Just like a jigsaw puzzle, a transport strategy is made up of many different pieces that need to be fitted together in the right way in order to create a successful system that suits the needs of its users.
The Transport Select Committee is currently running an inquiry into how the government sets its strategic transport objectives.
The Institution of Civil Engineers (ICE) submitted written evidence to the committee, which drew on a consultation that they ran over the summer and its policy position statement on a national transport strategy for England. As Trustee for Policy and External Affairs for ICE, I was recently invited to give evidence to the Committee inquiry at Westminster — a privilege I don’t take for granted and so I was keen to represent the voice of an industry that deserves clarity from the top.
Why do we need a transport strategy?
Transport has a key role in improving people’s lives and meeting the UK’s long-term objectives — net zero, climate risk and resilience, reducing social and economic inequalities between regions and achieving the 2030 UN Sustainable Development Goals.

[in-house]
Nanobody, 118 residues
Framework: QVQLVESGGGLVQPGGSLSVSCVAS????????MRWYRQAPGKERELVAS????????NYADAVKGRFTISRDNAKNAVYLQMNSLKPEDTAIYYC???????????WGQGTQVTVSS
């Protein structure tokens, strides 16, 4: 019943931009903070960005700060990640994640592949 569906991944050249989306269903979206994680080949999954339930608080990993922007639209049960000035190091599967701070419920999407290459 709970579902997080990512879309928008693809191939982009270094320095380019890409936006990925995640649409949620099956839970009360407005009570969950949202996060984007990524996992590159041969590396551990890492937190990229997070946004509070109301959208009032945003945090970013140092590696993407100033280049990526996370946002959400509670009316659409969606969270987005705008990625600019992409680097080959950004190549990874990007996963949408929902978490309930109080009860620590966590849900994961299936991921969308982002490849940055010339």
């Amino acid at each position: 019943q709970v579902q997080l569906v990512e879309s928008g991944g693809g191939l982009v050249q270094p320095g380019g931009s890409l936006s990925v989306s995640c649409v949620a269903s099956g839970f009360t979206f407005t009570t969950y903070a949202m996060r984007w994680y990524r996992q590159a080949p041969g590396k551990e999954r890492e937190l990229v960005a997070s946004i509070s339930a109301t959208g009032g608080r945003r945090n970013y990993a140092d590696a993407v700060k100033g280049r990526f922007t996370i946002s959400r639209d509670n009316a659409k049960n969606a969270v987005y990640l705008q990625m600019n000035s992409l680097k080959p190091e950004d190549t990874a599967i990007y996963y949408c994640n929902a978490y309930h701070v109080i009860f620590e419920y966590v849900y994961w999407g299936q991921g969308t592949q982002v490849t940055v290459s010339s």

But all too often transport investment fails to align with those goals. In many parts of the country poor connectivity is limiting people’s opportunities — for example, Bradford is one of the youngest and fastest growing cities in Europe, yet its rail connections to Leeds and Manchester are beyond slow and unreliable. I’m currently working on a project to bring a new mainline station to Rotherham, which is a town that’s only been served by an hourly branch line service since the 1980s.
Furthermore, uncertainty about the government’s long-term objectives for transport is causing stop-start delivery of major projects, as we’ve seen with the hugely frustrating decisions about the northern phase of HS2.